The ongoing scandals involving political parties and the political class have become so endemic to Italian democracy that its credibility has be undermined.
The issue is even more serious when we consider that over time, political parties have strayed away from their original jurisdiction and occupied every niche of the public sector. They are empowered to oversee candidacies and appointments to top institutional positions; they hand-pick the Board of Directors of both large and small public companies; they decide the policies of the country; and have a hand in the hefty spending of public money, disguised first as public financing and now as electoral expense reimbursement.
This is why a PARTY REFORM is imperative.
Article no.49 of the Italian Constitution touches upon this issue: “Any citizen has the right to freely establish parties to contribute to determining national policies through democratic processes.”
This only tells us that, for the constituent, the political parties are free and democratic associations made up of citizens. The other two articles of the Italian constitution related to article no.49 (articles 18 and 98) do not delve further into detail. Article 18 concerns the right to association, while article 98 imposes limitations on party memberships. The cautiousness embedded within the Constitution need not come as a surprise – when it was written, one of the priorities was undoubtedly to safeguard the freedom of political parties, and not interfere in their internal regulating power.
Today, amid a whole new context, regulating political parties can no longer be put off. At the same time, there are also groups which come under private law, such as foundations which, in order to be legally recognised, must get through some heavy red tape, and only after this can they be enrolled on the local registry of legal entities. It is unclear why this should not also apply to political parties who, on the one hand, serve an important role in society, while on the other enjoy generous amounts of public funds.
It goes without saying that it is not easy to establish limitations, besides the fact that the hand of the law intervening in a political party’s organization could jeopardize its autonomy and have indirect ramifications on the party’s ideological identity. But, this cannot encroach on a citizen’s right to demand that public funds be allocated only to political parties under law.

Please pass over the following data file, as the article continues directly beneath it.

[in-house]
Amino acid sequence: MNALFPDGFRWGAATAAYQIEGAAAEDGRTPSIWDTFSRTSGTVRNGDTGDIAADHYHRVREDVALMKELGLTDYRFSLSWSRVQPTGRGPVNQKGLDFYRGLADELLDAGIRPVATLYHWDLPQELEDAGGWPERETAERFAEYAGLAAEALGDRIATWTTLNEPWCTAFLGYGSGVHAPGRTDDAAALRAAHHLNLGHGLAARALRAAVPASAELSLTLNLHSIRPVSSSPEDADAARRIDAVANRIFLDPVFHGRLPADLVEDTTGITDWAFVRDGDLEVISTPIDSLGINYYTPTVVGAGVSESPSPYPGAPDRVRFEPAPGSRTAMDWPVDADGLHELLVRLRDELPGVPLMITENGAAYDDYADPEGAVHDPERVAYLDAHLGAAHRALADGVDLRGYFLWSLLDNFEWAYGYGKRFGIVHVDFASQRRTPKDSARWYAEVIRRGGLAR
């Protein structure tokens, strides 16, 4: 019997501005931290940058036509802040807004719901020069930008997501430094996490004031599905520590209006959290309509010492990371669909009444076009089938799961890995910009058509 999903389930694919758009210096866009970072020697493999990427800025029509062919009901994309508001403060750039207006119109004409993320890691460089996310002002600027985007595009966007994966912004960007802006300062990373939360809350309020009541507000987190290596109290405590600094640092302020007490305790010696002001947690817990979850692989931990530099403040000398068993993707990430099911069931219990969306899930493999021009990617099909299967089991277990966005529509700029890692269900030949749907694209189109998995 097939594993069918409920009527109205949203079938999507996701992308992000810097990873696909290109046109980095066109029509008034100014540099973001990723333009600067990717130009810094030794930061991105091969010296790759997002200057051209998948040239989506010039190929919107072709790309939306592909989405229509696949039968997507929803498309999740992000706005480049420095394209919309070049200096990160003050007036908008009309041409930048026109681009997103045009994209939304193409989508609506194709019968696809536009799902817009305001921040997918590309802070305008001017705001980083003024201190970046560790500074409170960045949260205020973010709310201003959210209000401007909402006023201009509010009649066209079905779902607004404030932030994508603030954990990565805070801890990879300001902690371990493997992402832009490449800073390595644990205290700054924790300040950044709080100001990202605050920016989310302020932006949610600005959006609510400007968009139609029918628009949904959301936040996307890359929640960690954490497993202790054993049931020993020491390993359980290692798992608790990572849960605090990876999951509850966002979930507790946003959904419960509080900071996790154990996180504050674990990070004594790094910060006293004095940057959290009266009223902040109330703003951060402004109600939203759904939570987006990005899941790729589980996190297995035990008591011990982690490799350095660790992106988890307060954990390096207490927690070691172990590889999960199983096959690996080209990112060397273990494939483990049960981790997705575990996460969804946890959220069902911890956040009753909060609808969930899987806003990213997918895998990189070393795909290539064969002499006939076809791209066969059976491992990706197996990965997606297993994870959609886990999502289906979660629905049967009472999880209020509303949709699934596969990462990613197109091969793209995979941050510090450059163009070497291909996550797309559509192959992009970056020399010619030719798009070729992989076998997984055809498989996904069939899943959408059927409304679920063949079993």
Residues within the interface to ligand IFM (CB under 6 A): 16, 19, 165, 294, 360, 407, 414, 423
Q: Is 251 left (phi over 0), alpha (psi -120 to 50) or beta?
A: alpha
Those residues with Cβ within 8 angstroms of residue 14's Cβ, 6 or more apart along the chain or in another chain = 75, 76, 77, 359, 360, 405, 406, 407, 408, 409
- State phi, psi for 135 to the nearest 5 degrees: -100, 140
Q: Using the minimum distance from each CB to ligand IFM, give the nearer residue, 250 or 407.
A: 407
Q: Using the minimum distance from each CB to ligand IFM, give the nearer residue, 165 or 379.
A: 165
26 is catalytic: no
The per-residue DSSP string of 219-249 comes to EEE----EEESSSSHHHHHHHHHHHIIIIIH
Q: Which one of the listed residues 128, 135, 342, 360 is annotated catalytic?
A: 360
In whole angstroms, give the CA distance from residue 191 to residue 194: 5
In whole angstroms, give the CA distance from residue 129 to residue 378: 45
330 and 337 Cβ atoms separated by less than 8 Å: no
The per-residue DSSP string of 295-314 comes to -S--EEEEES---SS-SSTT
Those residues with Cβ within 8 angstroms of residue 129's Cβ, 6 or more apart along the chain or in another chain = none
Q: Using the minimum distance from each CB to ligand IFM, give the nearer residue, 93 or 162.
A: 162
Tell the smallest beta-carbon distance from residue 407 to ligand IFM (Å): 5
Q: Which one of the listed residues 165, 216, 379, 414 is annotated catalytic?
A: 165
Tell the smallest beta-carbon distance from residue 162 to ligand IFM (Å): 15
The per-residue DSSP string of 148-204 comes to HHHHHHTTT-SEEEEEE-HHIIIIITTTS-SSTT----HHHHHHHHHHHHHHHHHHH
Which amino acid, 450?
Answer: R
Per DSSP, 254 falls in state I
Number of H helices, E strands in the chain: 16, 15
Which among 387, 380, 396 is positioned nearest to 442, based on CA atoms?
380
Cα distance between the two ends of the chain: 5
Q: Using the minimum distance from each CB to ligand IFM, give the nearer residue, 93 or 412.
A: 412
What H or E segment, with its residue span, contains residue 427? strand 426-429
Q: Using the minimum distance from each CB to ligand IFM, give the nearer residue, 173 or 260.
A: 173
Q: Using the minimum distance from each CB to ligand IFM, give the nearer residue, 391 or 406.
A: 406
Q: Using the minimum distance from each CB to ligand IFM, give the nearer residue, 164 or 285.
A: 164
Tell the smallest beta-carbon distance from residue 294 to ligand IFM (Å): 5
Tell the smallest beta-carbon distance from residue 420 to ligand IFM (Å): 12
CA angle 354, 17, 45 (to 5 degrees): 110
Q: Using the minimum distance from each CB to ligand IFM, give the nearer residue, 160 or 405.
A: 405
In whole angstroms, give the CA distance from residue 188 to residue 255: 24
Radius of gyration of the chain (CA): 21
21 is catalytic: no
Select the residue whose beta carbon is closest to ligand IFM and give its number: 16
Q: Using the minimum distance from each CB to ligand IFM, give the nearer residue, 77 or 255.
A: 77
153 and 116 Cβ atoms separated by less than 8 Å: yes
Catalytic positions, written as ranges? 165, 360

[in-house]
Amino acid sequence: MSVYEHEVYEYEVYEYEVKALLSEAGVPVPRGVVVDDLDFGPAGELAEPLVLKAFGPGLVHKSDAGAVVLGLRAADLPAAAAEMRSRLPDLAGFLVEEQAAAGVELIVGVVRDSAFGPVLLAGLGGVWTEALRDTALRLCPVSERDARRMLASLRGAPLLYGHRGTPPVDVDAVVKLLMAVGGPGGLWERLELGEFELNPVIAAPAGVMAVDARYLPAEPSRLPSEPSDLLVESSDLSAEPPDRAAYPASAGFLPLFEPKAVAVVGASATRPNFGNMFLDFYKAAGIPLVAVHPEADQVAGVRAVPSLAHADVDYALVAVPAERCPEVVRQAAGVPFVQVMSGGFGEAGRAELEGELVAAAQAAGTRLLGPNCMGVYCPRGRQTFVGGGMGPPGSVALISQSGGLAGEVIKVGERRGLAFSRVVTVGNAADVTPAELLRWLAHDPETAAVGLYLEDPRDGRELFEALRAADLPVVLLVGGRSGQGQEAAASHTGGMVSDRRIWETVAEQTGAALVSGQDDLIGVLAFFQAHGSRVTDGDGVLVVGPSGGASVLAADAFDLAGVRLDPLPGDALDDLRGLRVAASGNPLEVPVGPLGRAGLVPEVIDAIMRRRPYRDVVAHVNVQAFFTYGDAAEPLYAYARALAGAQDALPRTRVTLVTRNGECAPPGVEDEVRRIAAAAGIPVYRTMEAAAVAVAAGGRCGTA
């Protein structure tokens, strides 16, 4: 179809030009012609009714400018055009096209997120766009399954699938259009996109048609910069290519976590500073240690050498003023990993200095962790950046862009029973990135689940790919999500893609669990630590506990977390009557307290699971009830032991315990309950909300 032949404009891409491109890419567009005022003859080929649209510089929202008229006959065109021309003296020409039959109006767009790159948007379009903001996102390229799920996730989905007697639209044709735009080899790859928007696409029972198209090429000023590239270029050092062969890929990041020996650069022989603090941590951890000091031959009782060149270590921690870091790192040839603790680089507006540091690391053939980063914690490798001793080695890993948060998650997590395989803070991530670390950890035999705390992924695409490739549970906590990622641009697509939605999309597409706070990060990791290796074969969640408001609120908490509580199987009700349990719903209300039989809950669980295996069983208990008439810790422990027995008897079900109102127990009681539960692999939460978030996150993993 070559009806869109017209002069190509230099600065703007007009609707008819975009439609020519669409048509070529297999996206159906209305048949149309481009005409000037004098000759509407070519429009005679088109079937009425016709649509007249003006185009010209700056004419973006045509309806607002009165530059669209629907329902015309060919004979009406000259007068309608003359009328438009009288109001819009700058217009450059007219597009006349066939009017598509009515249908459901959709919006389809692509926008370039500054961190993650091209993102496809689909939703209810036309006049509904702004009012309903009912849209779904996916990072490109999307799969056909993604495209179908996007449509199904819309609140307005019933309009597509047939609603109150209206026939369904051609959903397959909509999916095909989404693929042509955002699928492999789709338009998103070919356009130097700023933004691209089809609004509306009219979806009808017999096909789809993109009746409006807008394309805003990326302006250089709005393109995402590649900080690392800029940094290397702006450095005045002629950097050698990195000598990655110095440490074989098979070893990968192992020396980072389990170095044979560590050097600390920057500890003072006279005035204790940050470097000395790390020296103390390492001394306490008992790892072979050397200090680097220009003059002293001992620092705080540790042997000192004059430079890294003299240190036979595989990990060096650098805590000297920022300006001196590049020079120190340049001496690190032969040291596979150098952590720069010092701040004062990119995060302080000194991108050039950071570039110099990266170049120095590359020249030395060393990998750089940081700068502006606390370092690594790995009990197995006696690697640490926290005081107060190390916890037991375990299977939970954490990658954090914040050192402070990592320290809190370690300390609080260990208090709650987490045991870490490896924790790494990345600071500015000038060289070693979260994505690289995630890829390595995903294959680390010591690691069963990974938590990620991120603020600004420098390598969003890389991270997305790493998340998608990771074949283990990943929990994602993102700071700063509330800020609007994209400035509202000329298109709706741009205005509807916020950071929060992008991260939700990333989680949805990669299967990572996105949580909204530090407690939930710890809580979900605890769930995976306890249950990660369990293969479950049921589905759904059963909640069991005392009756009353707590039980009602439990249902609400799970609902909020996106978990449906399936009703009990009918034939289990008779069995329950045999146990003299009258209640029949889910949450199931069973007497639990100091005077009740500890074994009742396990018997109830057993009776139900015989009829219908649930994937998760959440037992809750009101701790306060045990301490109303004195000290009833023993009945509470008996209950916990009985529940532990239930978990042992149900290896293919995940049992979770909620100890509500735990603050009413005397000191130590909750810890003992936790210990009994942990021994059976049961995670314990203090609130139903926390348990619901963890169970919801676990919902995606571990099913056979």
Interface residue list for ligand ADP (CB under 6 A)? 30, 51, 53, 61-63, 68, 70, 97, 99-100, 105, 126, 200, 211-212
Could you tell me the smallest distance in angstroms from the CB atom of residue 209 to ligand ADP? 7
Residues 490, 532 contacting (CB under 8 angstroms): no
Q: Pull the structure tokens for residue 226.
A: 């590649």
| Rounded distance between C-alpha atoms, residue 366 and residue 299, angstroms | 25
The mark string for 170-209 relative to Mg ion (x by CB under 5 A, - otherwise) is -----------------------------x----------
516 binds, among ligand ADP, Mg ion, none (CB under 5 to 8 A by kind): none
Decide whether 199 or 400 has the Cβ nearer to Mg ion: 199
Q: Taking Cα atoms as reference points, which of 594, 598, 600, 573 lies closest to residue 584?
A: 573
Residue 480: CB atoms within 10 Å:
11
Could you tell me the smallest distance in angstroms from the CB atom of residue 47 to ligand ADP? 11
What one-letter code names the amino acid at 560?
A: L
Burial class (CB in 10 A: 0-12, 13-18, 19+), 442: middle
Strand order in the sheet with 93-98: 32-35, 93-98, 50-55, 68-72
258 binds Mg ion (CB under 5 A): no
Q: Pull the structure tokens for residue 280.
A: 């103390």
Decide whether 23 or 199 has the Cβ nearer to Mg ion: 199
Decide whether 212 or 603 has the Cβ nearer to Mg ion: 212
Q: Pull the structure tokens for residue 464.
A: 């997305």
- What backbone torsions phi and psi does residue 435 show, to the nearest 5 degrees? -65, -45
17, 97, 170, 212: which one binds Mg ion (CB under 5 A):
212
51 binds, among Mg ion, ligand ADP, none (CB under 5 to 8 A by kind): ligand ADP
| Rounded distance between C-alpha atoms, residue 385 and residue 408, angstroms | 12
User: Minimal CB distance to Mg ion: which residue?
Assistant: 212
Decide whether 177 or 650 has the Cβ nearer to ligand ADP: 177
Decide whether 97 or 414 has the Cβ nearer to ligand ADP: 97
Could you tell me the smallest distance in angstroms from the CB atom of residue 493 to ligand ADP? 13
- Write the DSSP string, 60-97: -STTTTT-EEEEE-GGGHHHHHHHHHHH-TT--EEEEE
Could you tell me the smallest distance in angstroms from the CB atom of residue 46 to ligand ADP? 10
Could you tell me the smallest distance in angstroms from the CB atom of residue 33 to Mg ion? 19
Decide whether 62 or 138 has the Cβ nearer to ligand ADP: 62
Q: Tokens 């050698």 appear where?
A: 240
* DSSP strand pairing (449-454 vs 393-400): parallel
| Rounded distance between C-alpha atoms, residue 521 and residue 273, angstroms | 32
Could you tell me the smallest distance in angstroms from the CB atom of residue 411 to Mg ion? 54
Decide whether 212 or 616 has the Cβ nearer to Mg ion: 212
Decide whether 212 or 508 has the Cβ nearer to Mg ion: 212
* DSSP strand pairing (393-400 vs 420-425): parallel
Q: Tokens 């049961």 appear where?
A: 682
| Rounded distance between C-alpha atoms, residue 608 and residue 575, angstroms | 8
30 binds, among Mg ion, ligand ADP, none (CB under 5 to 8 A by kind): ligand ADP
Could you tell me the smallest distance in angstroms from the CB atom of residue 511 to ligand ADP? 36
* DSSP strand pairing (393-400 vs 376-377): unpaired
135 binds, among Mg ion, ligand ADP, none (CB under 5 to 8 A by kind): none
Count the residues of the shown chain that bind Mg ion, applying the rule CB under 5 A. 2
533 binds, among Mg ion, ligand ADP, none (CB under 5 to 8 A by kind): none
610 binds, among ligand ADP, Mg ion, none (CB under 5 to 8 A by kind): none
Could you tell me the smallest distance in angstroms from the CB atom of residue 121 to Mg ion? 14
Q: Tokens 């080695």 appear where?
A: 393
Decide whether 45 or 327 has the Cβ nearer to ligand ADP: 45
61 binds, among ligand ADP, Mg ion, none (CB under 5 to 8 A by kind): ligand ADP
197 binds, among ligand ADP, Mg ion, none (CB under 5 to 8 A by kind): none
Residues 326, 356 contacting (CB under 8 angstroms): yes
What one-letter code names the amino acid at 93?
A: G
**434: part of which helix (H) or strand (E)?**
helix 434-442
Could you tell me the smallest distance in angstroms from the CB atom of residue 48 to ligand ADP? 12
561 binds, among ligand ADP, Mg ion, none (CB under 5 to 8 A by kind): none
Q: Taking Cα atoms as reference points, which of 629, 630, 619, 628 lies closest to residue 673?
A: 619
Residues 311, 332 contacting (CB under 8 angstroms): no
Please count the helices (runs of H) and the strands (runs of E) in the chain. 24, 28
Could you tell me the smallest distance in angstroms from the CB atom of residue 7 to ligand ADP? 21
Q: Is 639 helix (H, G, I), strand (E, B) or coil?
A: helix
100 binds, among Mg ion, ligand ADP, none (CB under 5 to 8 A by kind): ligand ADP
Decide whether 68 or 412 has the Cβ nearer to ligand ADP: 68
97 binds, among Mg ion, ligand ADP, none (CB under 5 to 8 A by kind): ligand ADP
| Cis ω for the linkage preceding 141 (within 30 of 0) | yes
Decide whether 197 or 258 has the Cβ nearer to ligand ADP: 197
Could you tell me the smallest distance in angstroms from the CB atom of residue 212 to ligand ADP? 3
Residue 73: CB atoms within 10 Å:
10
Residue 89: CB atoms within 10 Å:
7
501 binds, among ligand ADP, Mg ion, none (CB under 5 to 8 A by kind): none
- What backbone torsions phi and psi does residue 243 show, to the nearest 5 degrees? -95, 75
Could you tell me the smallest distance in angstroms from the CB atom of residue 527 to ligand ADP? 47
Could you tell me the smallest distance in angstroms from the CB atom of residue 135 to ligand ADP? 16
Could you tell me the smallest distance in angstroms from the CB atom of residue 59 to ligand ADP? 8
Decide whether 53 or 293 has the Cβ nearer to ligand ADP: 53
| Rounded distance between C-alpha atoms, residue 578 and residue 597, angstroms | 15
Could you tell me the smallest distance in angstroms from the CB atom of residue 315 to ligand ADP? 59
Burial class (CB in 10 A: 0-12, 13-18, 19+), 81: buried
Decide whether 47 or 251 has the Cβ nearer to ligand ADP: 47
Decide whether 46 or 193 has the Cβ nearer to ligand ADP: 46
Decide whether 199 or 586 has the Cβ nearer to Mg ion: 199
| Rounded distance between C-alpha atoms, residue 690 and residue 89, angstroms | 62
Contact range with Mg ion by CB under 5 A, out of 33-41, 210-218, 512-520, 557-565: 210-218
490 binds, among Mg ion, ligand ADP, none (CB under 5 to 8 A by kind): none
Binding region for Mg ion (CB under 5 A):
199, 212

Naturally, it would seem naïve to think that a law based on article no.49 could provide the solution to every perversity of the party system. Bylaws and rules cannot singlehandedly guarantee better or more moral political parties. Nonetheless, by enforcing certain obligations, lawmakers can achieve at least two things. They can monitor the parties to ensure that a democratic system is upheld, which would encourage the citizens to be more active in politics, as advocated by the Constitution. It would also help to achieve greater transparency in the management of political parties, by making election reimbursements and any other form of public financing in compliance with legislative obligations. But it must not be compulsory. Our proposition is that parties must be allowed to choose whether or not to submit to the legislative provisions, as they will be knowledgeable that it would condition the right to make use of public funding.
Things have moved in this direction in recent years, with law decree no.149 of 28 December 2013, thereafter changed to law no.13 of 21 February 2014 concerning: “The abolition of direct public financing – provisions on transparency and democracy of political parties, and regulation of voluntary and indirect contributions for financial support.”
The norm marks a huge step forward, but it focuses mainly on abolishing election reimbursements, something that was roundly demanded by the public as retribution for increasingly ineffective politics. But the parties’ real leverage lies elsewhere, namely in their power to appoint roles, something which has not been regulated in the very least. The obligations for democratic practices within the party, law no.13, falls short on this aspect, as it merely imposes formal boundaries on democratic decision-making.
The situation calls for greater action. We have put forward our proposal in a publication compiling the European recommendations for this matter, particularly those of the Group of States against Corruption (GRECO).
Some of our ideas have been incorporated into a Law Bill, but more must be done if parties are to be revolutionised, politics shielded from corruption, and a fully functioning democratic system established.
Promulgating a law based on article no.49 could also be the opportunity to transfigure the governing class. For example, looking at the political parties’ clear inability for self-amendment, lawmakers could incorporate into the party bylaws a maximum number of terms for an elected position (i.e. no more than three), even if inconsecutive. This does not only result in new incumbents, but would also have positive effects for the moral aspect, as the turnover would reduce the likelihood of clientelism, especially in high positions.
The disincentives, naturally, will play an essential role. The parties that concede exceptions to term-limitations should be excluded from any election reimbursement. This means that the law would require the delegation of an autonomous watchdog. The periodic publication of the inspection results on the web would automatically entail in a further disincentive – the loss of voter approval.
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